Polyvinyl Chloride (PVC) is a thermoplastic. A plasticizer liquid is added to material to make original material soft and moldable. PVC has numerous properties including various colors or clarity, flexibility, flame resistance, compatibility with other additives, electrical resistance, impact strength and resistant to bad weather conditions also resistance to grease, oil and chemicals. PVC is commonly used for pipes and plumbing because it’s durable, resistant to corrosion, and less costly than metal pipes. It is also the least environmentally friendly plastic. Extruded PVC is used for sealing items such as garage doors or refrigerators and for structural components of vehicles.

Thermoplastic Elastomers

Thermoplastic Elastomers (TPE’s) are flexible materials that have the characteristics and performance abilities of rubber but are processed like a plastic. With the ability to be stretched to at least twice its size at room temperature and still return to its original length upon release of stress, it has a longer life and physical range than most alternate materials. TPE’s are classified into 6 traditional classes; Styrenics (S-TPE’s), Copolyesters (COPE’s), Polyurethanes (TPU’s), Polyamides (PEBA’s), Polyolefin Blends (TPO’s), and Polyolefin Alloys (TPV’s). In addition to these, there are approximately 3 new TPE entrants including Reactor TPO’s (R-TPO’s), Polyolefin Plastomers (POP’s), and Polyolefin Elastomers (POE’s).

Rubber Materials:

Ethylene Propylene Diene Monomer (EPDM)

EPDM rubber is ideal for outdoor applications because of its excellent resistance to ozone, oxidants, and severe weather conditions. Other outstanding characteristics include excellent color stability, heat resistance, and dielectric qualities. EPDM offers many of the advantages of neoprene, at a lower cost. The resilience and tensile strength of EPDM rubber is slightly lower than both natural rubber and polyisoprene. EPDM is not recommended for applications involving petroleum derivatives. EPDM is generally attacked by mineral oils, solvents, and aromatic hydrocarbons. EPDM has a tendency of being conductive when carbon black is mixed in the compound. Most black color rubber compounds are mixed with carbon black. EPDM is not recommended as an electrical insulator. Product examples using EPDM include glass run channel weatherstripping, vehicular seals, trim seals, glass sealing weatherstripping and belt weatherstripping.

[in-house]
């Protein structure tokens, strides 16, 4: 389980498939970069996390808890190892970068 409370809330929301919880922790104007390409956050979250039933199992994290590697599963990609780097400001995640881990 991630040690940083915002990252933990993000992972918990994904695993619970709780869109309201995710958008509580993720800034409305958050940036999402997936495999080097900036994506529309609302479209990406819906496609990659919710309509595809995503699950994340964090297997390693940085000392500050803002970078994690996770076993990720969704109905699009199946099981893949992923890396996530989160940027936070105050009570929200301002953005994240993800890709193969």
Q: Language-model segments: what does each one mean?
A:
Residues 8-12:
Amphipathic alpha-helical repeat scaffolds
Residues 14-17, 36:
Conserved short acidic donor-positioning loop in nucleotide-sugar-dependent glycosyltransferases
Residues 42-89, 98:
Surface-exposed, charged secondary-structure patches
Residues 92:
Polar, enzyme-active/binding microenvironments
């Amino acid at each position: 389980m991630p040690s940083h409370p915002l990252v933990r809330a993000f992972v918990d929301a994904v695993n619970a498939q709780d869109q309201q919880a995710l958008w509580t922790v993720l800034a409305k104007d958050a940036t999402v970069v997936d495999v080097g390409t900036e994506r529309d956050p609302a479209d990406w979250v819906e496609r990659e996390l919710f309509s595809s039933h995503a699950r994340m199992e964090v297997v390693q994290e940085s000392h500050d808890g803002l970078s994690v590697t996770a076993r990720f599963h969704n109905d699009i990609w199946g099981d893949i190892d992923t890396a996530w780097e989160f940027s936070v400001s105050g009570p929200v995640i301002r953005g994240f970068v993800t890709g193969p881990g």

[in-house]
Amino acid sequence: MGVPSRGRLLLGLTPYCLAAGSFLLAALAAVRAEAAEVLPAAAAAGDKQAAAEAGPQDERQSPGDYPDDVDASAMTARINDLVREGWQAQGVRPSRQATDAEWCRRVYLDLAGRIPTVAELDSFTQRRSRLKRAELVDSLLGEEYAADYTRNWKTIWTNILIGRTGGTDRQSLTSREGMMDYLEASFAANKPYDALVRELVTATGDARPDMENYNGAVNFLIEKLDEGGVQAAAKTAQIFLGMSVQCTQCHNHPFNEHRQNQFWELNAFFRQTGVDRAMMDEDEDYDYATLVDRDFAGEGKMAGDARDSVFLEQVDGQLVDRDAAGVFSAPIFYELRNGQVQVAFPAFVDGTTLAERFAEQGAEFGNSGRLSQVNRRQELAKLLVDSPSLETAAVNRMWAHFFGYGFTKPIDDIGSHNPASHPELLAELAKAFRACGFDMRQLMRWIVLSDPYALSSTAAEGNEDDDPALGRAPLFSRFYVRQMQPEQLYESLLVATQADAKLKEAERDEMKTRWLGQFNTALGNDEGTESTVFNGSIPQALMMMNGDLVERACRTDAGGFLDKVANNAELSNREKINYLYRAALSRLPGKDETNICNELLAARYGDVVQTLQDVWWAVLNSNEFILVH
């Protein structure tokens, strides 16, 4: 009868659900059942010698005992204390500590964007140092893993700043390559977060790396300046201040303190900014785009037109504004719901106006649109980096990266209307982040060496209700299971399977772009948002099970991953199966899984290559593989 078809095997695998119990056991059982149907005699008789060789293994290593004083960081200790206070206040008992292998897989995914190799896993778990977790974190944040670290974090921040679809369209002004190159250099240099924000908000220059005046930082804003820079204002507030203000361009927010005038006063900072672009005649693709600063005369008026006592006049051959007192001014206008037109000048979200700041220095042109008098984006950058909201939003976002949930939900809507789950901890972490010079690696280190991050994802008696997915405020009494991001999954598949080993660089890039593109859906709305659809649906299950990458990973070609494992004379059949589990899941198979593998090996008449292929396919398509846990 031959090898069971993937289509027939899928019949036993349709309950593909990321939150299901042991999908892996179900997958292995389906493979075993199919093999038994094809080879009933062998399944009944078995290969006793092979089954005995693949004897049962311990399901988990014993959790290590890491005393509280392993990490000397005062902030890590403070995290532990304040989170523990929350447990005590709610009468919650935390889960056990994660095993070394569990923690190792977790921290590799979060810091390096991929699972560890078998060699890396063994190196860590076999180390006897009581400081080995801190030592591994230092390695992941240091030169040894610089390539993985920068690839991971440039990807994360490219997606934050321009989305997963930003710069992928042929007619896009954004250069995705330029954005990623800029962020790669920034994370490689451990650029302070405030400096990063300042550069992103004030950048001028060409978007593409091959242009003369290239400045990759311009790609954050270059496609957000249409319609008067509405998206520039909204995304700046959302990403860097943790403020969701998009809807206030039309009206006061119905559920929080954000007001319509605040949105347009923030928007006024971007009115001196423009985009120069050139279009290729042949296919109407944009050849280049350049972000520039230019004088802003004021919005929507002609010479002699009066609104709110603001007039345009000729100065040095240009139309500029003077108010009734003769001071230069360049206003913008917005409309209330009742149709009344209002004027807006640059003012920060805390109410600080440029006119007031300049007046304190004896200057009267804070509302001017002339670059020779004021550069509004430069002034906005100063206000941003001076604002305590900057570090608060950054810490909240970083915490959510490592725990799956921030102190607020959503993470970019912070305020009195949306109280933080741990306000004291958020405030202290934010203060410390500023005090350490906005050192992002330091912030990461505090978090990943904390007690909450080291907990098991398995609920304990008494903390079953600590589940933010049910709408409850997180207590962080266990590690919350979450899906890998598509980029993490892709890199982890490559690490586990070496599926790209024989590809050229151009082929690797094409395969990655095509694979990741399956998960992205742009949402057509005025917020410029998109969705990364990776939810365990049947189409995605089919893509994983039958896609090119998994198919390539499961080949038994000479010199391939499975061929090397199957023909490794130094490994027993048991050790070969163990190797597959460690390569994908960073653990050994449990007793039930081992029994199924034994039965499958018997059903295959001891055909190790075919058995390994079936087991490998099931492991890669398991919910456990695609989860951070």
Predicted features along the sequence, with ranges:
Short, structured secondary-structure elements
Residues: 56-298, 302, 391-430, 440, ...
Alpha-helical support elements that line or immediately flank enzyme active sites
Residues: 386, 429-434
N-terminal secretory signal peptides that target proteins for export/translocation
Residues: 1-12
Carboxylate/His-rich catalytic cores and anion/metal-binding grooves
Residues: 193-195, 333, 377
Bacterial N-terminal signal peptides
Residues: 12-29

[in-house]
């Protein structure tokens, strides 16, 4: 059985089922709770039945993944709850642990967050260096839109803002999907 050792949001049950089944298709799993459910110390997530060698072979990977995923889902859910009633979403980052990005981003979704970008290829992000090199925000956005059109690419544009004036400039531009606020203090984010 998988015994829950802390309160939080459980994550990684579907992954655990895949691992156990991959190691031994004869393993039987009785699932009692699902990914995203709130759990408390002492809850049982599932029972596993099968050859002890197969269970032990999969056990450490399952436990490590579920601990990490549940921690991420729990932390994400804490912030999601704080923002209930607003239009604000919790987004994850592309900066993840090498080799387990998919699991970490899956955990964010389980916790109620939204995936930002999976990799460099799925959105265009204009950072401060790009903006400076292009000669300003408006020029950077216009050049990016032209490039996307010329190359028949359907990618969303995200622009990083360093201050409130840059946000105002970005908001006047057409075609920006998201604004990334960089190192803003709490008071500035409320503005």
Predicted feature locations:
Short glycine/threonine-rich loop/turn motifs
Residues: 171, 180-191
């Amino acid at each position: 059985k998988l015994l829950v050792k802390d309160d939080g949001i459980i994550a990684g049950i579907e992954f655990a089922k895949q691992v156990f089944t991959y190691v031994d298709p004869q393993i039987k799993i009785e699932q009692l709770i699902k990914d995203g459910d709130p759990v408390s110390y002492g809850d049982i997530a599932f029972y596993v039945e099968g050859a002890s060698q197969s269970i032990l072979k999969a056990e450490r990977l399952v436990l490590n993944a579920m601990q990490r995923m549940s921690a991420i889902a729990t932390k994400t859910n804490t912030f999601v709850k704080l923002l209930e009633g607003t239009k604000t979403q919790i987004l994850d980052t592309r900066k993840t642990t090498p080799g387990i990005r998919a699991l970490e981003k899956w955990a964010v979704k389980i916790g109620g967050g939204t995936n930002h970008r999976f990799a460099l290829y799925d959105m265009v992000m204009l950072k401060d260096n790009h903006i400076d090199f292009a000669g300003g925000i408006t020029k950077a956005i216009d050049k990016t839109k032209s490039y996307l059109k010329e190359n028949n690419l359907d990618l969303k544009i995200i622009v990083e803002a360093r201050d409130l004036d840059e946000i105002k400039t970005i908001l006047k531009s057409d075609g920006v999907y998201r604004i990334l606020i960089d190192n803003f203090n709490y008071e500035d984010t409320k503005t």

Natural Rubber

Natural rubber is excellent as a general-purpose elastomer: it offers a good balance of superior tear strength, high resilience and tensile strength, good abrasion resistance, and good flexural qualities at low temperatures. Natural Rubber should not be used where it will be exposed to chemicals or oil. Also, it does not stand up well in outdoor use where it is subjected to oxygen, sunlight, ozone, and temperature extremes. Product examples using natural rubber include latex gloves and nursing equipment.

Neoprene (CR)

Neoprene is durable and water resistant. It also has good resistance to oils, hydraulic fluids, grease, and ozone attack and can be used to create a cushion and a barrier against damage to something being housed within it. Neoprene is noted for a unique combination of properties, which has led to its use in thousands of applications in diverse environments.  Neoprene withstands fluctuations in temperature but fairs poorly in consistently low temperatures and will self extinguish a flame.  Neoprene is a popular material for wetsuits, electrical insulation and car fan belts. Its resistance to chemicals makes it suitable for industrial applications such as gaskets, hoses and anti-corrosion coatings. It can also provide an effective base for adhesives, as well as an effective noise insulator in power transformer applications.

Nitrile (NBR)

Nitrile rubber is resistant to petroleum oils and aromatic hydrocarbons and is also highly resistant to mineral oils, vegetable oils, and many acids. In addition, nitrile has good elongation properties as well as adequate resilience, tensile and compression set. Because of its cost, this elastomer is not usually recommended for applications where oil resistance is not a major problem. Where oil resistance is required, the cost is justified. NITRILE RUBBER is generally attacked by ozone, ketones, esters, aldehydes, chlorinated and nitro hydrocarbons.